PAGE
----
NASA’s Insight rover records two largest earthquakes in Martian history so far



A research team led by scientists from the University of Bristol, Britain, was able to detect two seismic events on the surface of Mars, the most powerful so far, 5 times more than the previous record, which could contribute to a better understanding of the layers of the Red Planet. interior.

just the studypublished on April 22 in the journal “The Seismic Record”, the researchers used the seismograph (seismograph) on board the “InSight” spacecraft of the US space and flight agency “NASA”. The surface of Mars in November 2018.

Insight aimed to study the geological processes that formed the rocky planets of the solar system during the past 4 million years, and uses Mars as a main model for this study, and was credited with the first ever monitoring of Martian earthquakes in 2019.

Insight aimed to study the geological processes that formed rocky planets (NASA)

The biggest so far

came in press release The Seismological Society of America, which is participating in the study, published that the first earthquake was named “S0976a”, which is the strongest so far, with a scale of 4.2 Richter, and it occurred on August 25, 2021. As for the second earthquake, it was named “S0976A”. 1000a” (S1000a) occurred 24 days after the first and had a magnitude of 4.1 Richter.

Both earthquakes occurred in the Valles Marineris region, which is a group of giant valleys and canyons on the surface of Mars, located approximately along the planet’s equator. kilometres.

False Mariners is one of the largest terrains in the solar system as a whole, which is a key feature of Mars images, as it appears from space as a deep crack in the planet’s body!


Previous studies in 2012 had indicated that the False Mariners is an active fault, i.e. a fault that is likely to be the site of future earthquakes, and then S0976A and S1000A were the first evidence of the validity of this hypothesis.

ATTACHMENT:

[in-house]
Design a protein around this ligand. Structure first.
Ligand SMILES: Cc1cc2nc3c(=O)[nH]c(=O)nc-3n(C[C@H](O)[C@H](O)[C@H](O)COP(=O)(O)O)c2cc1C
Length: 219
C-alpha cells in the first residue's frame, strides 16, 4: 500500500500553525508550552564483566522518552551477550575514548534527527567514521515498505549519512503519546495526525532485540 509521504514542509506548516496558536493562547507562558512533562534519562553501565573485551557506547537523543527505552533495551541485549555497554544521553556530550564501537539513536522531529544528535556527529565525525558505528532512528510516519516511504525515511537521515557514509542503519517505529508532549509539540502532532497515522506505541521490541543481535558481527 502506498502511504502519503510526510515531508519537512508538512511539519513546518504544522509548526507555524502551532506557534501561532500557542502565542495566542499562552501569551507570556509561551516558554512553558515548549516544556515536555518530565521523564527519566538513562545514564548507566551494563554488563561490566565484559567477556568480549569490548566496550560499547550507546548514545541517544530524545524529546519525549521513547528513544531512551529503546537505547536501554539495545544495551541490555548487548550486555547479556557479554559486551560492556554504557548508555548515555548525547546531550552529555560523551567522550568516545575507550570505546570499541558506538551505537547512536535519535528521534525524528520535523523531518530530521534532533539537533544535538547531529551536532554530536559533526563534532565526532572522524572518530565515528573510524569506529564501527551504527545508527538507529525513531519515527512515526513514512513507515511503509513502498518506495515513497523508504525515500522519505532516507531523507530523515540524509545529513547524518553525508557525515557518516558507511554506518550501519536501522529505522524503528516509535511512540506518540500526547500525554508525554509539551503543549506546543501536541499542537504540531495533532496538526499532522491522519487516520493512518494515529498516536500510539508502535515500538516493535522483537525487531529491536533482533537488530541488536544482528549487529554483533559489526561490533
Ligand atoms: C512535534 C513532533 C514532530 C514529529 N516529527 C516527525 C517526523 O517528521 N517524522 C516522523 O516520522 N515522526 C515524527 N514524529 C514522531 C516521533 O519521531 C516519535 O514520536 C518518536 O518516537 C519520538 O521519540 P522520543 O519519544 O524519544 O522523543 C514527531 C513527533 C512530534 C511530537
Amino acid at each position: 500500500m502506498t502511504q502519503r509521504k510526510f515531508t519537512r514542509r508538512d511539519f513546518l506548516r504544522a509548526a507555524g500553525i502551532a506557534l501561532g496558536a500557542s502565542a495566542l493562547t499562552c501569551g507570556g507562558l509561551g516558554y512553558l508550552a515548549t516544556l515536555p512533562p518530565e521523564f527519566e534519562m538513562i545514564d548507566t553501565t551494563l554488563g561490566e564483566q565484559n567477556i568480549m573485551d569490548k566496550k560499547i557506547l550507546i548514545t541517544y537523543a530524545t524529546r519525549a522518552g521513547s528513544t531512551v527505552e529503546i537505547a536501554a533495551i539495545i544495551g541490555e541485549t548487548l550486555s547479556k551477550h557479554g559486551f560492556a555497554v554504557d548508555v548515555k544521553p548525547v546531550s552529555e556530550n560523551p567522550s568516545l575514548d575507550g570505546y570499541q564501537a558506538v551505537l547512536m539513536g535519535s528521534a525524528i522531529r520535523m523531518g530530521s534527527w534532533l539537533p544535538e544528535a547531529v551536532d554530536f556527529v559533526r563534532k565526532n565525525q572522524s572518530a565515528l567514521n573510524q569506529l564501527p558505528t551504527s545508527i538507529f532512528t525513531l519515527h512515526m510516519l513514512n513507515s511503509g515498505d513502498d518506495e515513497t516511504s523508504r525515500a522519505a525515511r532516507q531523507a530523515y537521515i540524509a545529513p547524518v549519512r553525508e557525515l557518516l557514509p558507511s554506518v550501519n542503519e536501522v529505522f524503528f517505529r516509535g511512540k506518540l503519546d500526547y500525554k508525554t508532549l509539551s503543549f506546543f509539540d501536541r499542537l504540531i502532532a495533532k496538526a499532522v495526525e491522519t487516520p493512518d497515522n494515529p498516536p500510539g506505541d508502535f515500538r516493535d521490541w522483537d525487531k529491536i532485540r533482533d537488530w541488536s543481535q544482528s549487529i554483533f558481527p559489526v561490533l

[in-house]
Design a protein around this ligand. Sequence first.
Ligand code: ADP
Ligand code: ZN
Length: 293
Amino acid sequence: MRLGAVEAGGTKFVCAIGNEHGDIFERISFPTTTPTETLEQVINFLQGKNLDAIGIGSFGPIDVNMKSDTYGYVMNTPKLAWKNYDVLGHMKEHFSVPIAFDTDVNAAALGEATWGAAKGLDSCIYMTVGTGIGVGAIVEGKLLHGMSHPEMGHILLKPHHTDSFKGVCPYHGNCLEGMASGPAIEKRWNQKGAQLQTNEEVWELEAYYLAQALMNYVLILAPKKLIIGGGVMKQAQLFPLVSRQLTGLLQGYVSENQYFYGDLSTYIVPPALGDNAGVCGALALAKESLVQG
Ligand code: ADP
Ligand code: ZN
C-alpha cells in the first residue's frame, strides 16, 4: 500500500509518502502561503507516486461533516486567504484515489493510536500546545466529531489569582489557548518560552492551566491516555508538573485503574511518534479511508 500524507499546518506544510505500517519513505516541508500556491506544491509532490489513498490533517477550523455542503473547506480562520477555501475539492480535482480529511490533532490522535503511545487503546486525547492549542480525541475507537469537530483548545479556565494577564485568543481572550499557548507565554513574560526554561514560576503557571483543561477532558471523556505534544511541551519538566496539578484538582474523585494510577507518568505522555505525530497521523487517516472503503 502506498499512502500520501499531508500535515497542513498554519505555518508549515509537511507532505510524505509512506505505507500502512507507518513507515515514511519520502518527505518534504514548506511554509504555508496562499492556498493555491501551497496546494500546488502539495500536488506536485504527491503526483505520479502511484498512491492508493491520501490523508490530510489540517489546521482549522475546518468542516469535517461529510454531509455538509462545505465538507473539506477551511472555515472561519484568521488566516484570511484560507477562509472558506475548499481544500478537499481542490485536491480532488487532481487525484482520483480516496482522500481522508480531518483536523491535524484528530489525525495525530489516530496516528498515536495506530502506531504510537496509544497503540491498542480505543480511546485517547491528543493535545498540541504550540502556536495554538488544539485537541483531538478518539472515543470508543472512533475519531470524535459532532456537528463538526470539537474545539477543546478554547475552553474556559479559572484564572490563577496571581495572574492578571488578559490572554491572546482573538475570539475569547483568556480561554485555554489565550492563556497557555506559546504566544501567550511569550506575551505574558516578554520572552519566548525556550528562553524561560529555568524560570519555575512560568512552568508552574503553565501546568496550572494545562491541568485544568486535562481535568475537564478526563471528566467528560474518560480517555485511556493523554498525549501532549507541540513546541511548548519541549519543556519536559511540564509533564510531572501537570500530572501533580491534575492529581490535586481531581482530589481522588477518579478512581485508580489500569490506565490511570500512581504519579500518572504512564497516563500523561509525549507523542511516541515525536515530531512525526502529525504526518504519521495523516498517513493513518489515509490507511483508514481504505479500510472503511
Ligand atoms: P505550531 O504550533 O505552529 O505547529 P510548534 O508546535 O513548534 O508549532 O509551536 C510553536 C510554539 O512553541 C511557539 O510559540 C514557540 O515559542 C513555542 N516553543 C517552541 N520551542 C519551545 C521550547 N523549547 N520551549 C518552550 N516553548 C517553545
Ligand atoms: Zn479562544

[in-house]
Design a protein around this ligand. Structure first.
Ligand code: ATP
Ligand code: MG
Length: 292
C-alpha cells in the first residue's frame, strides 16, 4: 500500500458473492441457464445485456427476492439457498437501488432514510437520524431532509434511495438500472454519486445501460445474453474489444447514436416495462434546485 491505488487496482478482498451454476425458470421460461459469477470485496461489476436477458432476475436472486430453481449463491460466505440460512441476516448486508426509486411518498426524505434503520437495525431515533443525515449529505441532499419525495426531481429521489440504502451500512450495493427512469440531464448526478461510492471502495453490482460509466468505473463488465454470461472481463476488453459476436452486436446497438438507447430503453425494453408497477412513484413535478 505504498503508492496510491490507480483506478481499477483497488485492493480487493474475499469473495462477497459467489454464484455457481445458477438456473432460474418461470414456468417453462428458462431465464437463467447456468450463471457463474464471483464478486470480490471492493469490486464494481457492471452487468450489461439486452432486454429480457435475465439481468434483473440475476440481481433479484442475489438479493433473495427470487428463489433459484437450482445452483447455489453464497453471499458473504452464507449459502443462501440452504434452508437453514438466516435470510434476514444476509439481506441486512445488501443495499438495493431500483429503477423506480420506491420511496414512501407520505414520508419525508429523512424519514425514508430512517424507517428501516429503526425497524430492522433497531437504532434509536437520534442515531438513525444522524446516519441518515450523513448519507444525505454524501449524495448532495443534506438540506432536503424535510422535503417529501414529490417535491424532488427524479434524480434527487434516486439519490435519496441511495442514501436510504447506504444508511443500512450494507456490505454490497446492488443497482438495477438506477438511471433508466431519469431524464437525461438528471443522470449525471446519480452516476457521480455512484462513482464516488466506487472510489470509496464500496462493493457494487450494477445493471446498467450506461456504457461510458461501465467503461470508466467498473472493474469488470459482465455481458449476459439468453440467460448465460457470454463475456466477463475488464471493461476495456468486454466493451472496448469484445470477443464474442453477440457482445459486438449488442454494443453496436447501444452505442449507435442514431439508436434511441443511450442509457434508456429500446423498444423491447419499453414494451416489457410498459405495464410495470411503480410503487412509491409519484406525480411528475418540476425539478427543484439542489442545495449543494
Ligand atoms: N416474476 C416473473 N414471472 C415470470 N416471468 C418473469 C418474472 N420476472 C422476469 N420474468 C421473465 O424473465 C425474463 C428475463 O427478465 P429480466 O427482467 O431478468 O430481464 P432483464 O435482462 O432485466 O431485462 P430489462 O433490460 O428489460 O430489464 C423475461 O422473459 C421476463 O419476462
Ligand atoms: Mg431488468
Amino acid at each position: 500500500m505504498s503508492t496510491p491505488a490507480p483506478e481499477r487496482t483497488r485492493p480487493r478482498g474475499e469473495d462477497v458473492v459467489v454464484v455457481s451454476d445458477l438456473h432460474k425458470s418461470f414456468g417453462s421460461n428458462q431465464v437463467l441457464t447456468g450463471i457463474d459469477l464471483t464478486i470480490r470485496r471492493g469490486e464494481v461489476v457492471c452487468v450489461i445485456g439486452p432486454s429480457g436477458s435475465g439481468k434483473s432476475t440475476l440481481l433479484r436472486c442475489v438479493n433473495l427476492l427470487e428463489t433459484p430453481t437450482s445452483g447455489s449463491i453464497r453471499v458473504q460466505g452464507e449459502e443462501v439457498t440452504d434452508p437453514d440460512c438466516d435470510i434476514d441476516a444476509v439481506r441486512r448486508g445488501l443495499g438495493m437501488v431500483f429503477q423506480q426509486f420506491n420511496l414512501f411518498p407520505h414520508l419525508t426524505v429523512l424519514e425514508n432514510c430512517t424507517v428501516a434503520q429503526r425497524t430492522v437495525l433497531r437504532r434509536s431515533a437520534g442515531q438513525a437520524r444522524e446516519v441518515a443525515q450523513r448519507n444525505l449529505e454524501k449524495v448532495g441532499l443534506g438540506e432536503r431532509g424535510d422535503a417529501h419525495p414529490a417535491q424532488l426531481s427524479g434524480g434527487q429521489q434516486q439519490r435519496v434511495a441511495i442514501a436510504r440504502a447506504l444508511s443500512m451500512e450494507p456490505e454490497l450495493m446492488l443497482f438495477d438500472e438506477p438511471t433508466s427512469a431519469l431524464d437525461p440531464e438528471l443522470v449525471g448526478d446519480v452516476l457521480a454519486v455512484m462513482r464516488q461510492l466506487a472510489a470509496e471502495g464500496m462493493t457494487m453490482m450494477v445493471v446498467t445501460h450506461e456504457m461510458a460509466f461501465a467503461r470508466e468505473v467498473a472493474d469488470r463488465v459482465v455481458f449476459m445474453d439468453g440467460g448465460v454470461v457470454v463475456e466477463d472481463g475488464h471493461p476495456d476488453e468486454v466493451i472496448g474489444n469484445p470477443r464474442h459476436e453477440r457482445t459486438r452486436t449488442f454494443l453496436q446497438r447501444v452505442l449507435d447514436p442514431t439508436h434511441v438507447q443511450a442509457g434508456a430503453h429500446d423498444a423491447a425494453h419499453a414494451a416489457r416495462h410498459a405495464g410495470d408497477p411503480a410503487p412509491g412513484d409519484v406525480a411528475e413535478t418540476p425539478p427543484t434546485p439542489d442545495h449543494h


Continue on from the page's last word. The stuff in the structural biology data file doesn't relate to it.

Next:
According to the new study, the second earthquake, “S1000A” in particular, is a unique addition to scientific research in this area, as it recorded the longest known period, as it lasted more than 94 consecutive minutes.

In addition, this earthquake recorded a different type of seismic waves passing through the planet’s core (called Pdiff waves) and this is the first time that it has been detected on the surface of Mars.

The waves of Mars earthquakes are reflected in the layers of the planet and are affected by them, while they pass to the measuring instruments on the Insight spacecraft (foreign press)

Mars earthquakes

In general, the main reason for the occurrence of earthquakes on Earth is the movements of the tectonic plates, which from time to time rub against each other and rupture between them, and the magnitude of this rupture is the strength of the earthquake. Tectonic plates are the upper crustal layers that are about 100 km to 150 km thick, and move slowly and permanently.

On Mars, there is no movement of tectonic plates, but there are other reasons that can lead to earthquakes on its surface, but not by the strength and rates of Earthquakes, such as cracks that occur in the planet due to its slight contraction caused by cold, or the fall of huge meteorites, or the rise of magma. Hot (magma) from the core of the planet and pressure on its surface from below.

Scientists hope that the results of the study of Martian earthquakes will help achieve a deeper understanding of the internal structure of the red planet, because its waves are reflected in the planet’s layers and are affected by them, while they pass to the measuring devices on the “Insight” spacecraft.



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